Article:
You know, we should run the government like a business. If you’ve ever found yourself in a discussion about the state of American affairs, you’ve almost certainly heard this notion at some point. This idea tends to come from a well-intentioned place; often, it’s offered as a remedy for what might seem to be an oversized and inefficient government bureaucracy. Applying some good old-fashioned business acumen to public affairs can sound attractive: Ask 10 Americans if they favor a higher grade of administrative excellence and accountability in government, and 11 will say yes.
The notion also tends to gain traction in times when satisfaction with government is on the decline. One of its first notable advocates was Woodrow Wilson when he was a professor of political economy at Princeton. In 1887, sitting snugly amid the Gilded Age, the future president posited that certain administrative and management principles were unchangeable and universal, regardless of their context. Public sector, private sector, it didn’t matter – run government like a business. Later researchers, observing the vast differences in the ways that such principles had to be applied between the private and public entities, largely discredited Wilson’s theories. By that point, however, the notion had taken firm hold.
It should go without saying that government is not a business. Its purpose, priorities, and methods – protecting rights, upholding the rule of law, keeping citizens safe, and providing public services – differ greatly from that of business (profits, shareholders’ interests, creating more customers). Still, Americans seem to learn and relearn this lesson through the ages. Sure, the two sectors intersect at a few key points. But their fundamental disjunction is proof that often, what is popular in theory doesn’t pan out in the real world.
It’s worth noting that no matter what the argument to strengthen our democratic society might be, our free-market, capitalist economy is always a factor. It’s always looming in the background and, often, it’s right up front. This helps explain the staying power of You know, we should run the government like a business, and more importantly, it highlights one of its most persistent side effects: The idea that if the country is a business, then we must be its customers.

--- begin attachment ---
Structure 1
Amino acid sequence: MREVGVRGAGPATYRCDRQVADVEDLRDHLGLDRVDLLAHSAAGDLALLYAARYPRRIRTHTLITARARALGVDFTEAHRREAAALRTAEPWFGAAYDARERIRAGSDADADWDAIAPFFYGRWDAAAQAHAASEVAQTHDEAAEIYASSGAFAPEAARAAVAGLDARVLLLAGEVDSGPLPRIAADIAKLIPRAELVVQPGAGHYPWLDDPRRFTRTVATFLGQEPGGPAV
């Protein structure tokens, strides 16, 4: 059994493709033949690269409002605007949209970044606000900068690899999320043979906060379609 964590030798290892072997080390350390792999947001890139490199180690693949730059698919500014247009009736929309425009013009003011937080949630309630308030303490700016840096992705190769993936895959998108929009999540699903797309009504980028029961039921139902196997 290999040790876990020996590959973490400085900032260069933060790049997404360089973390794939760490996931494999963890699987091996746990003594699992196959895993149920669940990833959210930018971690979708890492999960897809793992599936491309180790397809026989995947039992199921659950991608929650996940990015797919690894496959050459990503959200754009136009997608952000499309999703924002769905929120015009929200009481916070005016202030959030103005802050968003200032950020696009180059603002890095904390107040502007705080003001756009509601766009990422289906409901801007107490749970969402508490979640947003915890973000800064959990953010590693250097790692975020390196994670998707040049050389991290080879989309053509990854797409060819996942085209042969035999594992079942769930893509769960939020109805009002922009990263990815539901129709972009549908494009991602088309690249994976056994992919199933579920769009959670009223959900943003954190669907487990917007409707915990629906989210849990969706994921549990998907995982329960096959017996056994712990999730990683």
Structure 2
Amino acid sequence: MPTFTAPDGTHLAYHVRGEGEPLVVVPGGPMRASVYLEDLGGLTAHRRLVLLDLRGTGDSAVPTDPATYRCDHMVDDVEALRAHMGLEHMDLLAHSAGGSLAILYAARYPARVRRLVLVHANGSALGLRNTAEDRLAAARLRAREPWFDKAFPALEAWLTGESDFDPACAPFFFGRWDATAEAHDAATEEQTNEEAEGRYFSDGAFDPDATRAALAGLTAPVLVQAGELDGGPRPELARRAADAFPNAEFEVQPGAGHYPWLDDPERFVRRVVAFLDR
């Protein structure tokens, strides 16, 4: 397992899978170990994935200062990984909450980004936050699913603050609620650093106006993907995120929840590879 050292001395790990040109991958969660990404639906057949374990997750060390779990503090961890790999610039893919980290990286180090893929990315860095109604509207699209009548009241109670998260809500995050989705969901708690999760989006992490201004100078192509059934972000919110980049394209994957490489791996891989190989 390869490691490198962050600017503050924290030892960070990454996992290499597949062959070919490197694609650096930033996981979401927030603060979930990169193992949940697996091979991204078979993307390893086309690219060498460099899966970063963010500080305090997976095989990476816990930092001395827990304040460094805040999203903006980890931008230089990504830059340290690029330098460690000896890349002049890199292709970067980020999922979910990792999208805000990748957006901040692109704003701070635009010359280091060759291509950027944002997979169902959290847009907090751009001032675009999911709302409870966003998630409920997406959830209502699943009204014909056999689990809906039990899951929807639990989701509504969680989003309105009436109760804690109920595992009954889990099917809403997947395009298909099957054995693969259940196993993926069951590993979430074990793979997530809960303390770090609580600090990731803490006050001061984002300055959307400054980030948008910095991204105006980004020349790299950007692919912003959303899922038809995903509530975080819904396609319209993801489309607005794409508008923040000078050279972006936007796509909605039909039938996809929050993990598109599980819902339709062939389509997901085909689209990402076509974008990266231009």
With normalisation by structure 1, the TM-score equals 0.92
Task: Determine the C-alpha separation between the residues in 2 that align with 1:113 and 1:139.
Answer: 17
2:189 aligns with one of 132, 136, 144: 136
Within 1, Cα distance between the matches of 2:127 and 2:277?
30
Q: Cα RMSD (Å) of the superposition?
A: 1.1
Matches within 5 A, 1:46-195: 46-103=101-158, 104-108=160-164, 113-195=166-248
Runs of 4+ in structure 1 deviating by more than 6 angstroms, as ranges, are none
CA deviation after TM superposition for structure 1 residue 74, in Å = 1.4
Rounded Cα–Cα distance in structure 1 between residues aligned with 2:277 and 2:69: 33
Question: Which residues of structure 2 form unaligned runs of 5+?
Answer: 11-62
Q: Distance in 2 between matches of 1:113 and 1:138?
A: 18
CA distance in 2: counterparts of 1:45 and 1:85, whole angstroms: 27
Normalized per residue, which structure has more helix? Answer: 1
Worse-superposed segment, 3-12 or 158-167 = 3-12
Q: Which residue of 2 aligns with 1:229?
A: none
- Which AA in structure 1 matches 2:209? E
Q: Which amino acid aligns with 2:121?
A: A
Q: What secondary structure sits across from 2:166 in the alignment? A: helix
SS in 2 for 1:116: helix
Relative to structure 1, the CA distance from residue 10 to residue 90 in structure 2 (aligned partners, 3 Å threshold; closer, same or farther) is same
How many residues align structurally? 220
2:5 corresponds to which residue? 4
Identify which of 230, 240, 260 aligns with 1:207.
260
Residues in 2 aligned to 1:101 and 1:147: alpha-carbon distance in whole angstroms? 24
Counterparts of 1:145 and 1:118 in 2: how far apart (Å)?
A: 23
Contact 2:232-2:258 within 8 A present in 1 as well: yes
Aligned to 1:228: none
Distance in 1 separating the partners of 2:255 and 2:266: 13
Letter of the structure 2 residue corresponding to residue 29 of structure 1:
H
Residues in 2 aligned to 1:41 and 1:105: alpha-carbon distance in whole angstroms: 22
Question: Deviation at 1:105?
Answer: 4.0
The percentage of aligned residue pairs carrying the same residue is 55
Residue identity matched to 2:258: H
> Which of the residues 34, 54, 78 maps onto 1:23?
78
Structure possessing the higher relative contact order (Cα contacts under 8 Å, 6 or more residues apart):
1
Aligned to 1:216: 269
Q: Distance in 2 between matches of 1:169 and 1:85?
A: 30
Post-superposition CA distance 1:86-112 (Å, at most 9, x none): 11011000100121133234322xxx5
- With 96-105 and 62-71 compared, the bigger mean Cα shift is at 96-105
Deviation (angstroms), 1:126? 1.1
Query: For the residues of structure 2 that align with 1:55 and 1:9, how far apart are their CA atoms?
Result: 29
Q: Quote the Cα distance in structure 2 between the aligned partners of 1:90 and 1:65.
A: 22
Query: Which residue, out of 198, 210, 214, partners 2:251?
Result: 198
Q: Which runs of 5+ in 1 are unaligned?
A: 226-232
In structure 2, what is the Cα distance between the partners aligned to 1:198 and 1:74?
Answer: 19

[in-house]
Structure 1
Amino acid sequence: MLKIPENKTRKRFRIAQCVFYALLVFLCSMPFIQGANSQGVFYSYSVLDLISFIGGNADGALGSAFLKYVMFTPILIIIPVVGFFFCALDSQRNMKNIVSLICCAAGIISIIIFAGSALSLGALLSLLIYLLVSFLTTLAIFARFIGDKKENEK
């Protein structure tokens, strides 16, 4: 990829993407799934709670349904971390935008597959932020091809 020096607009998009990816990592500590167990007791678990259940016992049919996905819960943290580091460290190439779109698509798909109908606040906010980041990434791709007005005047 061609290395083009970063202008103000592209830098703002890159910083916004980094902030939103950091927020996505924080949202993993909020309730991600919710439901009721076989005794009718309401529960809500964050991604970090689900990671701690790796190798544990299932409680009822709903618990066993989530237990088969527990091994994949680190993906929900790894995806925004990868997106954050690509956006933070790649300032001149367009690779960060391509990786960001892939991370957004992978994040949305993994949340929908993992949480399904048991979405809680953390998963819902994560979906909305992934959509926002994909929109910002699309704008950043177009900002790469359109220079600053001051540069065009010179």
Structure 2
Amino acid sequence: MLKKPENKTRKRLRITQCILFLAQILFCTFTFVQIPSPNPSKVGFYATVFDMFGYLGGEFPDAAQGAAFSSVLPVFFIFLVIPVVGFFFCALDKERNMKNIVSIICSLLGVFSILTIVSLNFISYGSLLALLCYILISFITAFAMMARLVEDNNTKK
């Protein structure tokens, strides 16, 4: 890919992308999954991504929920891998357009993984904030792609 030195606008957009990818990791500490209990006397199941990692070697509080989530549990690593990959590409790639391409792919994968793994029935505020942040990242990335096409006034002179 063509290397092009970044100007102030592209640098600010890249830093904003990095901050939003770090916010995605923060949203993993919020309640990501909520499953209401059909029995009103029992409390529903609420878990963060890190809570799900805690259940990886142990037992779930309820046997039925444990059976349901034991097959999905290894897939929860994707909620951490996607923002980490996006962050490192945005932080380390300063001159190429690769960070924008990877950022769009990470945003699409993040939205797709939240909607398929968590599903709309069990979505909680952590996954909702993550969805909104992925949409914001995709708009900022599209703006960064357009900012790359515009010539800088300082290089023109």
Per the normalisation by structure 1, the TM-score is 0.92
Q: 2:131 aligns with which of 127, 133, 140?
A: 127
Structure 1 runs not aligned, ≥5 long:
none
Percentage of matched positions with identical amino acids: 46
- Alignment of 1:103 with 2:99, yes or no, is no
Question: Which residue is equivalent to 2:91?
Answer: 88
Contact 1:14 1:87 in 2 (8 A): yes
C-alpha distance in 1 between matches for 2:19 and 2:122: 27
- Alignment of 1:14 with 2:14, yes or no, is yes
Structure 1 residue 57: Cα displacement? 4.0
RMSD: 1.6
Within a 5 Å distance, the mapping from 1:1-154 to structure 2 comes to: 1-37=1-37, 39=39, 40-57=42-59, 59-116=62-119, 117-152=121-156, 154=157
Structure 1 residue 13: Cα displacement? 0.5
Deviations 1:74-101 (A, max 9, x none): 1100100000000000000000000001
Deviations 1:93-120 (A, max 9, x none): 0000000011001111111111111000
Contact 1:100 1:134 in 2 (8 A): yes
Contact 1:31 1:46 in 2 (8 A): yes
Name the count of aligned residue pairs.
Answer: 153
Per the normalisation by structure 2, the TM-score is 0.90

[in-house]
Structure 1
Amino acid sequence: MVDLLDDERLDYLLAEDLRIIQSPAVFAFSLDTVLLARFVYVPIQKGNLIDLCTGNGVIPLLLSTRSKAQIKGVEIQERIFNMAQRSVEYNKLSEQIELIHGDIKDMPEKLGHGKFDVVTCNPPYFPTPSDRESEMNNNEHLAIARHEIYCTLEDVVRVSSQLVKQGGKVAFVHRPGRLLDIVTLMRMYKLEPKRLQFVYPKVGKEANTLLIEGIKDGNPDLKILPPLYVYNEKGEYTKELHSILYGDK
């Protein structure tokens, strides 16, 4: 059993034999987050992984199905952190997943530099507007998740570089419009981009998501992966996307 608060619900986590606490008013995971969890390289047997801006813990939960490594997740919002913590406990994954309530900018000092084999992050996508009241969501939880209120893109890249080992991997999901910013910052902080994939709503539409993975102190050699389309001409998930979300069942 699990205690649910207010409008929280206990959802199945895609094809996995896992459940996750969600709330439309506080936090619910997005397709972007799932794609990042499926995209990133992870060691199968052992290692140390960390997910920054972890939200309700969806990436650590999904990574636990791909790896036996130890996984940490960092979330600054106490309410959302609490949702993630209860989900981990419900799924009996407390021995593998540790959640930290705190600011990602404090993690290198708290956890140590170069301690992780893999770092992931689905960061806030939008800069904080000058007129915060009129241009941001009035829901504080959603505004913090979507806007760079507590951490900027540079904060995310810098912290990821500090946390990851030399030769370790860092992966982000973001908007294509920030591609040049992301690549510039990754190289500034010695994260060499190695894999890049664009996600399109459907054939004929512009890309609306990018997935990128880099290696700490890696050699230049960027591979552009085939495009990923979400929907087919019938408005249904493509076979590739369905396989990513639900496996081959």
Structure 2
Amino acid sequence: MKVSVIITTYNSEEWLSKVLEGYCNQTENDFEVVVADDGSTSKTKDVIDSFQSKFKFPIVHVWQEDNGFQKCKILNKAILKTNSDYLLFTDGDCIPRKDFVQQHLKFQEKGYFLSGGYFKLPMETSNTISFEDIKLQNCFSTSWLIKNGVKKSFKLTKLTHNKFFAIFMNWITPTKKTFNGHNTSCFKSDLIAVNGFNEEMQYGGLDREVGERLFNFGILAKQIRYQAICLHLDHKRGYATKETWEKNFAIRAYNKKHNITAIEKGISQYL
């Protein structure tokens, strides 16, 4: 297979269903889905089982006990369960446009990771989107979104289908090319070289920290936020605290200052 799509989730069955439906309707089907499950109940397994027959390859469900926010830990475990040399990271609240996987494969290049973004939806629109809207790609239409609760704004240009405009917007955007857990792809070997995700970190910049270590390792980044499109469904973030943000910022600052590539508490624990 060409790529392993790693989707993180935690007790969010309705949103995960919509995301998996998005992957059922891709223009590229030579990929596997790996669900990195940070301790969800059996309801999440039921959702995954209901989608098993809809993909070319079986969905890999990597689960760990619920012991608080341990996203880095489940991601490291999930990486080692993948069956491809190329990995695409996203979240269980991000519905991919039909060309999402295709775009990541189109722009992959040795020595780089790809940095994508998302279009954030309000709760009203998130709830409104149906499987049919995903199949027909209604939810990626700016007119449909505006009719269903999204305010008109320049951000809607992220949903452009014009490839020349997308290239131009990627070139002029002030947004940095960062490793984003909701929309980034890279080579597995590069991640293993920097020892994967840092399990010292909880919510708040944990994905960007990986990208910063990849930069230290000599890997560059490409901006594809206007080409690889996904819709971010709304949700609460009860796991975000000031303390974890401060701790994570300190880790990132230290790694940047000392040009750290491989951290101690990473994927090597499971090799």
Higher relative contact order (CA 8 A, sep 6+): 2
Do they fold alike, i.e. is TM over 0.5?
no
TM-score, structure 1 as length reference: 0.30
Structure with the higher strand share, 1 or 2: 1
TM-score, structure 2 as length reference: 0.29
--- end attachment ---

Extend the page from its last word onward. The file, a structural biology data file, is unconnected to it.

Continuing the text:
This is not a productive mindset. “Consumer sovereignty” – the idea that the customer always knows best, that everyone should act in their own self-interest, and that ultimately, patriotism is measured by spending – puts our individual ledgers out of balance. That is, in our democratic republic, a citizen must not only have the right to be but also carry the responsibility to do. And this can’t be done only by consuming goods and services.
We recognize this is not easy in today’s world, especially when considering that the forces of marketing and competitive politics have coalesced into an ever-encroaching daily influence in our lives. This omnipresent force dominates our very concept of the country, not to mention our individual places in it. Political parties and candidates, with terabytes of market research at their disposal, bombard us with increasingly granular, polished messages delivered by sophisticated algorithms. News media, once comfortable as loss leaders, now present their journalism as content for profit, and consider viewers “news consumers.” It’s no wonder, then, that we increasingly expect our candidates to be precisely tailored to fit our every personal opinion and taste as if built a la carte for us in every conceivable way.
After all, we are the customers. This is what we demand.
Yet, “democracy is not a synonym for the marketplace,” political theorist Benjamin Barber once wrote. “Consumers speak the divisive rhetoric of me. Citizens invent the common language of we.” Active and informed citizenship is necessary to fill the vacuum that consumerism leaves in our public sphere. Otherwise, it will be filled by all kinds of other forces positioning themselves for control over our society.
To strengthen our democracy, we must first strengthen the citizen side of our individual ledgers. That requires the recognition that our world is networked, interrelated, and interdependent. It requires the understanding that our democracy – just like our economy – is a complex, adaptive system in which all acts, large and small, accrue. And it requires us to acknowledge that mutual trust and confidence in one another, not dollars, is our most powerful currency.
By focusing beyond narrow self-interests and considering how our greater society can benefit, we can claim and wield incredible civic power. We can serve as a check on corporations from having undue influence in how we structure our society, and at the same time, we can contribute to more effective – and fair – governance.
That’s citizenship, not consumerism. In a nation where we have so many choices and are inundated by marketing, civic responsibility might seem counter-cultural. But it’s an absolutely vital part of our shared democratic process. Without it, we lose our agency. We lose our seats at the table.